~ read.

Language Fanboyism

This is an opinion and a rant based on my opinion and observations, you have been warned.

As a programmer, I see this a lot. People so engrossed in their language that they don't see its problems or shortcomings, and in turn think every other language, new or old, is bad and will never match up. I sit in a lot of programming language channels on Freenode, and the way I see people defend their language of choice or completely dismiss other languages is baffling. I just don't get why people CHOOSE to lock themselves in to a language so deeply that it becomes like a religion. I even have seen some people say they have only learned that one language, and won't learn anything else. At my heavily Java focused school, I even heard a student say, "Well, I want to be a good Java developer, I have no care or interest in any other language or concept" as I was walking out of the room with WTF moment in my head.

One primary and quite universal example is stuff made by Microsoft. Even at the mention of C#, F#, CLR, .NET and people grab their pitchforks and are ready to lynch you for heresy. Most also seem to relate .NET and CLR directly to being Windows only, or Microsoft evil. Most don't understand or know that C# and the CLR are ECMA standardized and Microsoft has made a public community promise to never try to do anything evil with it. You can safely peruse the promise on Microsoft's site , don't worry, it won't defile your hard drives or require an exorcism of your computer when you are done. On top of that, many in the open source community don't even know of the Mono project, and the incredible effort they have made to recreate the .NET framework for all other platforms. They even are fully up to date, including .NET 4.5 support on their development branch of their repo.

Another example is new languages. Recently, the Dart language was announced by Google and is in active early development. Before anyone tried it, or even checked it out, people immediately dismissed it for being made by Google. But even bigger was the screams and rioting of the Javascript community. How dare someone try to replace Javascript in the browser, or try to introduce a new language to compete with it in the browser space. Now I know it will have one of the hardest battles ever against Javascript, especially with the huge popularity boom for it and Node.js popularity. Then came the problems with Dart2js and its early development results of huge JS files. People immediately shot it down for having bugs, or being poorly optimized, regardless that it was a secondary effort alpha software for a very alpha language.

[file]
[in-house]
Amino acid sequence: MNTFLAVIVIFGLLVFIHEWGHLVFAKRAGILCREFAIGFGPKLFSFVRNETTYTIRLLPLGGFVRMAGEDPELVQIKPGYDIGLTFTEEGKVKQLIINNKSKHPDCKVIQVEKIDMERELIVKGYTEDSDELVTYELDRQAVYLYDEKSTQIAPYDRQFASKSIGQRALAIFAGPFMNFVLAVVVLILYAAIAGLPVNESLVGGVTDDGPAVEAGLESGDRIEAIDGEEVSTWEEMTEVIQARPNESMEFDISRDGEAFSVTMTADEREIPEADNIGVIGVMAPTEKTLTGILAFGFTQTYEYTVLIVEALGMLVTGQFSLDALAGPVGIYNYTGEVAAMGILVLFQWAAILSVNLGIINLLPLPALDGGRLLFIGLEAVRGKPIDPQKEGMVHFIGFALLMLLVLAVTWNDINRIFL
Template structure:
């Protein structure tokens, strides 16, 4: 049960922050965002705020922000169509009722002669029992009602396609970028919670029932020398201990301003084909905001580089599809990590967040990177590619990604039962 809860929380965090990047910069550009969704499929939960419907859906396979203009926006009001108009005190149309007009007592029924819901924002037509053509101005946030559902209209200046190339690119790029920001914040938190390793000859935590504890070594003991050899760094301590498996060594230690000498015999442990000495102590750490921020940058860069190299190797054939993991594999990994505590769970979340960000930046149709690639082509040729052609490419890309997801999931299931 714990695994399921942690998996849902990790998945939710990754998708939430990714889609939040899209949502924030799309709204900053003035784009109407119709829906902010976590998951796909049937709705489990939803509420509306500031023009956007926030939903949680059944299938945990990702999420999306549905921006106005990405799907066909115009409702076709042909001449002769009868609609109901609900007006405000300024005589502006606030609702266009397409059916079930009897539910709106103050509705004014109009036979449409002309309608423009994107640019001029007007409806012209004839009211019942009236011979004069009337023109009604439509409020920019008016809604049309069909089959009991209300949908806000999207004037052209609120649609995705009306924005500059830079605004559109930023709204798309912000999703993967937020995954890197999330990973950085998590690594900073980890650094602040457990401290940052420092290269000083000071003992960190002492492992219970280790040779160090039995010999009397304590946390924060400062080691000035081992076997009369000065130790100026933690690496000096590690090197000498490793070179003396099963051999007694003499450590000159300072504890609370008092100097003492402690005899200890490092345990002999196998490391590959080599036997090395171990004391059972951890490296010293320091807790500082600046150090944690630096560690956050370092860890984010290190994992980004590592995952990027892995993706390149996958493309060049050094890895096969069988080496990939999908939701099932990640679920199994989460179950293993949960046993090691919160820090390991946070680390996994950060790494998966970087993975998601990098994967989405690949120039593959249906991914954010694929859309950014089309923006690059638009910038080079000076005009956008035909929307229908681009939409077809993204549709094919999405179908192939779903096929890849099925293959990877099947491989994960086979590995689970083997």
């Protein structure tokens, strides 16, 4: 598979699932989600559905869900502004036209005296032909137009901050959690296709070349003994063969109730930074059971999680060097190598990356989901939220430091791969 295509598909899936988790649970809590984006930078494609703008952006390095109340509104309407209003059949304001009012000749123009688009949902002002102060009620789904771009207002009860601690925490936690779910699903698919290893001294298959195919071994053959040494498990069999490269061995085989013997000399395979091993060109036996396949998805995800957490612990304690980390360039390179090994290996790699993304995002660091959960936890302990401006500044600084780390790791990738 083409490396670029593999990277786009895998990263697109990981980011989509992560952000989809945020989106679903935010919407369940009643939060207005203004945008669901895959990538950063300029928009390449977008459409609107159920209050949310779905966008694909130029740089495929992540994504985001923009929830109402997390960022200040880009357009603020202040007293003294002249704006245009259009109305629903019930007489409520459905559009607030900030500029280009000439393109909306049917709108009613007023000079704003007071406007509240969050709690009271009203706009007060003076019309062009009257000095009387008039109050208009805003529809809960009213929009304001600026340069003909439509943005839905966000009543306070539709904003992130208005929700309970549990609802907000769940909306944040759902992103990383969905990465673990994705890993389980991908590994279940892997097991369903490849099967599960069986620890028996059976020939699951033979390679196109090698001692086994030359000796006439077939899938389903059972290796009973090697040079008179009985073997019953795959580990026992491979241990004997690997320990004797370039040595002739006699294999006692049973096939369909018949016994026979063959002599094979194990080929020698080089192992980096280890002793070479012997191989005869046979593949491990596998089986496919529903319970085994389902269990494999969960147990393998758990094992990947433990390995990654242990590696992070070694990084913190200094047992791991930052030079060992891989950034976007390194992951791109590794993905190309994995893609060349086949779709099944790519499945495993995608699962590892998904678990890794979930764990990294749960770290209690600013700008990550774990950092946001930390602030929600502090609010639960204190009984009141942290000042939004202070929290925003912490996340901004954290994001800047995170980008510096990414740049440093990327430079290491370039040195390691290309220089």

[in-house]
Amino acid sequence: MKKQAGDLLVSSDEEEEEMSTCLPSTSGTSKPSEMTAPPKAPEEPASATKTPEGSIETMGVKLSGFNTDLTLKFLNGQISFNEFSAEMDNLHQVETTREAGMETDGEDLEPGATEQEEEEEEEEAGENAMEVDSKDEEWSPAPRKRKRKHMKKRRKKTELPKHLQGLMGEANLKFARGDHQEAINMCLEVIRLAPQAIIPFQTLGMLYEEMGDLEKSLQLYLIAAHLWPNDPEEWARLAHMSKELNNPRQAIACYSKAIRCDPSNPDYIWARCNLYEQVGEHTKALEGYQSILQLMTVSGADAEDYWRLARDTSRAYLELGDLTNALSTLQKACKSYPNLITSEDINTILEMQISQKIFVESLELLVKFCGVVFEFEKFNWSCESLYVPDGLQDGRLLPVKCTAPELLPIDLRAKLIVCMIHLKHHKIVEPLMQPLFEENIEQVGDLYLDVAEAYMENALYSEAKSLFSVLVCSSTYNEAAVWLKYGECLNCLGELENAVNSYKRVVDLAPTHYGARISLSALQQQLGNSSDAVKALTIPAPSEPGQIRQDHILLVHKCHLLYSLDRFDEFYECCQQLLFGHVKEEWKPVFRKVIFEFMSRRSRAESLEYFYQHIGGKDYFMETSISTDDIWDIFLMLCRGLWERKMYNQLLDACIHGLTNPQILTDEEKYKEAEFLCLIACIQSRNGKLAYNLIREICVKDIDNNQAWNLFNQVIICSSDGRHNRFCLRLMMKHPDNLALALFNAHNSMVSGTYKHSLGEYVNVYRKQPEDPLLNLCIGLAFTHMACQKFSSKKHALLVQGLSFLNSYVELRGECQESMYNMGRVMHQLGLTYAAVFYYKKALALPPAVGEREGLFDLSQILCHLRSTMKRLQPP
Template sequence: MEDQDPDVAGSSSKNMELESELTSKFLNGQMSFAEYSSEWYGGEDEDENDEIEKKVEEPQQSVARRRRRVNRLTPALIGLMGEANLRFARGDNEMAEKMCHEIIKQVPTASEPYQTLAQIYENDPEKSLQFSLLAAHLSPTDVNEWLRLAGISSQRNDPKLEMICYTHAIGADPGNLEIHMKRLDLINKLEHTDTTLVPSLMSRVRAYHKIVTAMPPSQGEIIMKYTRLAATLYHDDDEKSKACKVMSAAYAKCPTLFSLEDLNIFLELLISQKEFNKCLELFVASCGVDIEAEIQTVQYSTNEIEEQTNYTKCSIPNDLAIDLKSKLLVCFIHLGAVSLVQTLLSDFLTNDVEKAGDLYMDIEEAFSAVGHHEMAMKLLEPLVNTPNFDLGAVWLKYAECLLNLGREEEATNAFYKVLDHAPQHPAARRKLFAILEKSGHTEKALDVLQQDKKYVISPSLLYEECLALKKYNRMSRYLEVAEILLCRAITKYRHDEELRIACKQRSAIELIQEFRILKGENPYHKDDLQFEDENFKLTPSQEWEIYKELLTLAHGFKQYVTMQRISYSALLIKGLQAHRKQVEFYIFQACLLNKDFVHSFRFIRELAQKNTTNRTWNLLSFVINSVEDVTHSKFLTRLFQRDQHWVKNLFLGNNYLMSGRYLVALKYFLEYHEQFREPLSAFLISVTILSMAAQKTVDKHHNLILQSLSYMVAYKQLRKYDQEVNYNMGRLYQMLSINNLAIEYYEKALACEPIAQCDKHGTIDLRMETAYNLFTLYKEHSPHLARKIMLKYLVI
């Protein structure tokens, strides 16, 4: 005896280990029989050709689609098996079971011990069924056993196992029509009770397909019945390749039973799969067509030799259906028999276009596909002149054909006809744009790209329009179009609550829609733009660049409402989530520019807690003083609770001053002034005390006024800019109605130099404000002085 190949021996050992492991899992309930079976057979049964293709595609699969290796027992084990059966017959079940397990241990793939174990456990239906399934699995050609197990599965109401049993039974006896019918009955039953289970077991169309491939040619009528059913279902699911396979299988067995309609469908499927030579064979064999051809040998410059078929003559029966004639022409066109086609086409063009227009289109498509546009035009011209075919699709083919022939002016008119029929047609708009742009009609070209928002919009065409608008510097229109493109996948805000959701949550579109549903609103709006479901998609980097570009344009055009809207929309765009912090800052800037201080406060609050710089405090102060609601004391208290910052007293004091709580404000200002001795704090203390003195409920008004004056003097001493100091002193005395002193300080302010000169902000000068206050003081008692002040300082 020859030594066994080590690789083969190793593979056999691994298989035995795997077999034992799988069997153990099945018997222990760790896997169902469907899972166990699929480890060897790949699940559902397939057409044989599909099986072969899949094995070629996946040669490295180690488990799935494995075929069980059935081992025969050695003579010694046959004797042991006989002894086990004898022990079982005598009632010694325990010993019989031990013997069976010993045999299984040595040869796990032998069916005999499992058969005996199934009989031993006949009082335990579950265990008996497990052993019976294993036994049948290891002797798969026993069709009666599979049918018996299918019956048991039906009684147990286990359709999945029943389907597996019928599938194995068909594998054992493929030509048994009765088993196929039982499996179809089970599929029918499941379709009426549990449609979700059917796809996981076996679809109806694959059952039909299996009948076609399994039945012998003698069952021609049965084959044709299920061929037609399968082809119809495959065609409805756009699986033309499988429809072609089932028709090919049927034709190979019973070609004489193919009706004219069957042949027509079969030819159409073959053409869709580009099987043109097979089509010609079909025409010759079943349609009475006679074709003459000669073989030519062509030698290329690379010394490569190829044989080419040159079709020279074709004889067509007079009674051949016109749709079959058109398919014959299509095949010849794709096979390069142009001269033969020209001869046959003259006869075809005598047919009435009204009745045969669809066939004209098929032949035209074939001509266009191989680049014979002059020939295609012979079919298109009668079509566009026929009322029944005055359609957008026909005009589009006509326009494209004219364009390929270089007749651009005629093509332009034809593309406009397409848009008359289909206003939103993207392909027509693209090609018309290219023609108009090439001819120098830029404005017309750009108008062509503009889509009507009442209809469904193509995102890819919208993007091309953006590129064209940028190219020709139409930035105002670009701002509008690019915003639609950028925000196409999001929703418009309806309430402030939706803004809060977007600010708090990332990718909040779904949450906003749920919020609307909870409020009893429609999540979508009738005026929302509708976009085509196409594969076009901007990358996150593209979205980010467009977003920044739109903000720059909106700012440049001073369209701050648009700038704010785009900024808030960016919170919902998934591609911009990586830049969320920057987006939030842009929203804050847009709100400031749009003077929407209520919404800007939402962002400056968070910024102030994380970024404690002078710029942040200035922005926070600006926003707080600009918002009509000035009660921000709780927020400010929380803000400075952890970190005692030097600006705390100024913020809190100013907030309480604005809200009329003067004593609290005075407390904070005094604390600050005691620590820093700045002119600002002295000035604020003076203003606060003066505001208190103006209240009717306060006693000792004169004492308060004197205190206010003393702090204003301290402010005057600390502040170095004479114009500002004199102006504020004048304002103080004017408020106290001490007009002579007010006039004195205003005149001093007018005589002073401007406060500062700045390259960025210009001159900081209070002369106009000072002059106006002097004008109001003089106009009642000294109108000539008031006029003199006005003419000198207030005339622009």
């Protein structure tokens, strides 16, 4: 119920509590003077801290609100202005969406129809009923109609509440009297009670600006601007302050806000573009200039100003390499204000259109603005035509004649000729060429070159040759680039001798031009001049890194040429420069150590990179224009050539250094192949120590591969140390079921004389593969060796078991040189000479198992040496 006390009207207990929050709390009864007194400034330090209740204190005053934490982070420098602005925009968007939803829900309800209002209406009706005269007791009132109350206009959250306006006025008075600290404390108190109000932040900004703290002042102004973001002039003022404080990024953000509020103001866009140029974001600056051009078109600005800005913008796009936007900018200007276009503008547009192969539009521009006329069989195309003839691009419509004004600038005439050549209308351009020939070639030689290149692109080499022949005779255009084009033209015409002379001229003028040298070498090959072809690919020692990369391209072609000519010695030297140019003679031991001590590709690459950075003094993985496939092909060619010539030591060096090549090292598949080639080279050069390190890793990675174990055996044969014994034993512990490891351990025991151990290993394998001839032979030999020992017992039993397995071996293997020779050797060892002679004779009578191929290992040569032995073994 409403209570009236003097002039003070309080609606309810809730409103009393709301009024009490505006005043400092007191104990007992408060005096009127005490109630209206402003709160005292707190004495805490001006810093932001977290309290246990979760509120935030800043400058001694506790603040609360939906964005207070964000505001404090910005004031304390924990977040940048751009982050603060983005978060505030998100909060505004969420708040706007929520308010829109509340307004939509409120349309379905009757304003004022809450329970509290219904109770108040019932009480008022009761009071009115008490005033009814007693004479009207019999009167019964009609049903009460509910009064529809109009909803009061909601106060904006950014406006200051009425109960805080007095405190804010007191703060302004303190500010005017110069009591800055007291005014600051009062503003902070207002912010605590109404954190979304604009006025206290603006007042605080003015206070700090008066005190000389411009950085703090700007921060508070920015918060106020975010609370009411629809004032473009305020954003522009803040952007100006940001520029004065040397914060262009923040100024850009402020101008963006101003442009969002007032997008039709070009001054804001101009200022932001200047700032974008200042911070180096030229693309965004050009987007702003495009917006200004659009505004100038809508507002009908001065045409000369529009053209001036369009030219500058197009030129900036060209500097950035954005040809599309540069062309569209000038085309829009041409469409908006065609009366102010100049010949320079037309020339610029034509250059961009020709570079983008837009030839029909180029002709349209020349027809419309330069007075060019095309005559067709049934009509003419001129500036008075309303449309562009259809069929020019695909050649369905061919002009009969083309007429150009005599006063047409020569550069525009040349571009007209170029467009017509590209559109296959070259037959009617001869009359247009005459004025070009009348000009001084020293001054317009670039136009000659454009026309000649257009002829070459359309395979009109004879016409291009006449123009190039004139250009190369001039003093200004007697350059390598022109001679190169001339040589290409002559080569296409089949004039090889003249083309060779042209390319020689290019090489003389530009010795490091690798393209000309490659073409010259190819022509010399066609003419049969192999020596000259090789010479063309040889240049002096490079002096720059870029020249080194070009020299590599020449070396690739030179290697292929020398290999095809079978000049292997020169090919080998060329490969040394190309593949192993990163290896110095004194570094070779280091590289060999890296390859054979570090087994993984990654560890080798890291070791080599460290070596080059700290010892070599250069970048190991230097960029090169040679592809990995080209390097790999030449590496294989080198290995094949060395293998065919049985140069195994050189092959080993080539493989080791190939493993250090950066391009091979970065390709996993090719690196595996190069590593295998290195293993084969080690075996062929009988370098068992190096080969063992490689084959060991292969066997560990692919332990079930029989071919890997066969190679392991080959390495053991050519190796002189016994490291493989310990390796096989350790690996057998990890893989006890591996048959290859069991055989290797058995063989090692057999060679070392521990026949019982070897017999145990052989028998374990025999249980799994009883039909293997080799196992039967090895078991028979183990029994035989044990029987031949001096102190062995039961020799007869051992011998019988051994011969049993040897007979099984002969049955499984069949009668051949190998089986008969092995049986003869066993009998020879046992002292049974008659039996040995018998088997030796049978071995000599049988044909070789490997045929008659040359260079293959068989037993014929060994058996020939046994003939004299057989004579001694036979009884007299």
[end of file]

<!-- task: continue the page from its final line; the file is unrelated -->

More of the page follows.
And you can go on and on about the language and platform wars that go on. Ruby vs Python vs Node for web dev? That's its own war altogether.

But the real question is why? Are you that narrow minded? Wouldn't it be better to strive to be a better programmer in general, know how to work with many languages, paradigms, and methods of thought, so that you can write programs that others only dream to write? This isn't an all encompassing generalization. I know many programmers that after trying many languages, choose their language out of comfort, ease of use, and what fits them. They are fine, they have made an educated decision, and know the consequences. They also usually know the limitations, problems, and shortcomings of the language well enough to work around them or with them. I am mostly talking about the programmers that follow like sheep to the "in" thing. Or without knowing enough, jump into something, proclaim it as the divine gospel of the savior of the 1's and 0's, and never branch out.

I dunno, maybe I like being versatile, knowing more, bettering myself, exploring new things, and just giving everything a fair shot. Like for me personally, I hate Ruby. I have tried to use it many times, sometimes even forced myself to make entire projects with it. I just do not like it. And thats my problem, but I have come to this conclusion through research and actual use of the language.

Meh, their loss. I'll be busy over here, writing IronDart in C# (Dart for the CLR for those that don't know the naming convention), while running web apps with Node.js, maintaining everything with Python, processing logs with Haskell and Clojure, and facepalming at PHP. Mmm, looks good to me.

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